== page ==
Walter E. Williams
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Evacuations are not a benign process. Twenty-four people were killed when a bus carrying 38 Houston nursing home residents and six employees caught fire in a traffic jam. It's thought that oxygen tanks used by elderly evacuees had a role in the fire. Given the hurricane predictions for Houston and Galveston, one can't blame officials for ordering evacuations, but the lesson to be learned is evacuations can be costly. In addition to injuries and loss of life, when evacuations are ordered, there are costs associated with opportunistic criminal behavior such as looting, which there were reports of in Houston.

 Hurricane Rita provided us with another evacuation lesson as millions sought to leave Houston and Galveston. Gasoline stations ran out of gas leaving hundreds of motorists stranded. Many abandoned their cars. Police officers were deployed to carry gas to motorists whose tanks were empty. Texas authorities also asked the Pentagon for help in getting gas to stranded motorists. Much of the blame for the shortage rests at the feet of Texas Attorney General Greg Abbott, who recently ordered that penalties of up to $20,000 be imposed per incident of price-gouging. You say, "How come you blame Greg Abbott?" Let's look at it.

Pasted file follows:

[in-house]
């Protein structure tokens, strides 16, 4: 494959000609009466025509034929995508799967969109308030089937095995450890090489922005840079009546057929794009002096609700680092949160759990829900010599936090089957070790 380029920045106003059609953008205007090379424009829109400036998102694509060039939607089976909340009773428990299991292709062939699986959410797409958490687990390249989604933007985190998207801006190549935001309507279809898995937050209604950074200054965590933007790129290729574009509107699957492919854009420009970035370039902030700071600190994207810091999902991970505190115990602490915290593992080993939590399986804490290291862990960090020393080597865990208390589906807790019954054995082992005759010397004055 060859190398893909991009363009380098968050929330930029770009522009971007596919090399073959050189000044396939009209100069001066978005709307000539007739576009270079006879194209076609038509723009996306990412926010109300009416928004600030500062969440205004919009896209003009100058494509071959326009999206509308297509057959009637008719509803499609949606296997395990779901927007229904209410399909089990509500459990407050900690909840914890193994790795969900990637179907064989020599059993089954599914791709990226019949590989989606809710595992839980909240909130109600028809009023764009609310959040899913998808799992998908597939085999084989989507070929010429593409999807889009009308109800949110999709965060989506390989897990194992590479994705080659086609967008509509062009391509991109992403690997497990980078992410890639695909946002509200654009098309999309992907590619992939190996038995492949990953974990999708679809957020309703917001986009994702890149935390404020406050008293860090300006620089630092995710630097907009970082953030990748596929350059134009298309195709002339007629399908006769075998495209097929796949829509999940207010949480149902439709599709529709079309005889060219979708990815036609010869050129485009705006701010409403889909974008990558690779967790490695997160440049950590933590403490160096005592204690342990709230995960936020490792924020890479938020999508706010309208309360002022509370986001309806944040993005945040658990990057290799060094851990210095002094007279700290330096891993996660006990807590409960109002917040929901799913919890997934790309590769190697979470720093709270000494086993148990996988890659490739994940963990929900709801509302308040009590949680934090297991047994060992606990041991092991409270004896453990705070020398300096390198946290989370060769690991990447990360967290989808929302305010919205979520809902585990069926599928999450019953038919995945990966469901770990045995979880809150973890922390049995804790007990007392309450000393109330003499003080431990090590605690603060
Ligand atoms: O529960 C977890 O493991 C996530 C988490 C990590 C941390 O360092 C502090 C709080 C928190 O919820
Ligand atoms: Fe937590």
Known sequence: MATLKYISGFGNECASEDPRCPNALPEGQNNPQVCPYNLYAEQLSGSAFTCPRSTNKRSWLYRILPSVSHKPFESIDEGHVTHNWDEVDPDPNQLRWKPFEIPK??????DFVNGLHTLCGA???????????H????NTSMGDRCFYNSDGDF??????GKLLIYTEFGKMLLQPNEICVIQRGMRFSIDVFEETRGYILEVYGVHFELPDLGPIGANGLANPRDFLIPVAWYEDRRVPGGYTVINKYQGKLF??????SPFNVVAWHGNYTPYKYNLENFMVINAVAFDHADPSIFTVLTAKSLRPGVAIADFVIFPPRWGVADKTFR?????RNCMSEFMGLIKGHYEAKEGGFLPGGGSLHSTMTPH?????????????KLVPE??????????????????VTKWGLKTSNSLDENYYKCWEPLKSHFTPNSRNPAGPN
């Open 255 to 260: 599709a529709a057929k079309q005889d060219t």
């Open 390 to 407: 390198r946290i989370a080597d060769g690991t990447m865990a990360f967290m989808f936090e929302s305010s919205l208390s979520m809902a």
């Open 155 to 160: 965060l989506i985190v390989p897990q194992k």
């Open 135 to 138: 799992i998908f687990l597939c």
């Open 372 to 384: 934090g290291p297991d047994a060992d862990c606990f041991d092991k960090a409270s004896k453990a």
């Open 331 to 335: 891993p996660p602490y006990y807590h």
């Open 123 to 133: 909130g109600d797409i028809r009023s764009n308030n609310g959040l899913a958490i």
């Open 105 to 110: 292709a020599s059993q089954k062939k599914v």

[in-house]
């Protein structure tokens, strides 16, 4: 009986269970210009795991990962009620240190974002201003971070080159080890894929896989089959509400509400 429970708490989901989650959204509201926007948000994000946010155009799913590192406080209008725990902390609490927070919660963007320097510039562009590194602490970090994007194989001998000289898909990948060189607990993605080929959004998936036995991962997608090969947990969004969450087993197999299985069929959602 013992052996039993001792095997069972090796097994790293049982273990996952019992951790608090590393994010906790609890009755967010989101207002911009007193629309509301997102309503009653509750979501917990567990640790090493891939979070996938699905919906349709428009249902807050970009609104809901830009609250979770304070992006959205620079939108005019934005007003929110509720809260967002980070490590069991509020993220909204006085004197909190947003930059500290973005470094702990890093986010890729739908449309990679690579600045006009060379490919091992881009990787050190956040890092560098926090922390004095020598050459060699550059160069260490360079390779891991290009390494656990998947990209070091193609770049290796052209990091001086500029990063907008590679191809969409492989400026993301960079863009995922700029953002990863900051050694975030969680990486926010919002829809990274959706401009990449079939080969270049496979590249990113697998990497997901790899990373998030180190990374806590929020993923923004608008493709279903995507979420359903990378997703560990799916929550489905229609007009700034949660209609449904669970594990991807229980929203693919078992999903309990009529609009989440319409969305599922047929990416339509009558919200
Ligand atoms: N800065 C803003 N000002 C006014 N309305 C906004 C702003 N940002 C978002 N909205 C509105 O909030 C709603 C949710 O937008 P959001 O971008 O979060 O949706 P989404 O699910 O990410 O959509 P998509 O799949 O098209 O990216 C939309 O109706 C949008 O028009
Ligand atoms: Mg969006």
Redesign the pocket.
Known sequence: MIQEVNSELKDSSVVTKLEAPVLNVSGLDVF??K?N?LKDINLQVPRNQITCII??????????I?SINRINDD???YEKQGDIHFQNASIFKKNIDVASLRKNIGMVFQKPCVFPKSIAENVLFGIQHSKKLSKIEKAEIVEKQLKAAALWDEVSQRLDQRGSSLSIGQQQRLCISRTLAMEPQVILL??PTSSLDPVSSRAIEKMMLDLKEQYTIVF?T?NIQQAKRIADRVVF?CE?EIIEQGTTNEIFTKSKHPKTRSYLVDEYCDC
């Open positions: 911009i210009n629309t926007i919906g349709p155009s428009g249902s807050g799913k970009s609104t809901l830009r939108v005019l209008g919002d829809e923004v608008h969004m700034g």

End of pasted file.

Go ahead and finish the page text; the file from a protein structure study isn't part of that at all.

When the hurricane evacuation order came, there was an immediate change in the demand conditions for gasoline; namely, demand became much greater than the available supply. Retailers, in fear of prosecution by the attorney general, didn't do what would have brought demand more in line with the available supplies of gasoline -- raise prices.

 Suppose a family evacuating Houston chose to make a 146-mile drive to stay with relatives in Austin. Their car has a half a tank of gasoline -- plenty to get to Austin -- but just to be safe, they decide to fill up. What do you think they might do if they expected to pay $2.75 a gallon but when they got to the gas station they found the gas selling for $3.75? I bet they'd say, "The heck with that; we'll fill up in Austin." That's wonderful; they've voluntarily made gas available for someone running out of gas. In my book, for a motorist who's running on empty, gas available at $3.75 a gallon is preferable to gas being unavailable at $2.75 a gallon.

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Walter E. Williams

Dr. Williams serves on the faculty of George Mason University as John M. Olin Distinguished Professor of Economics and is the author of 'Race and Economics: How Much Can Be Blamed on Discrimination?' and 'Up from the Projects: An Autobiography.'
 
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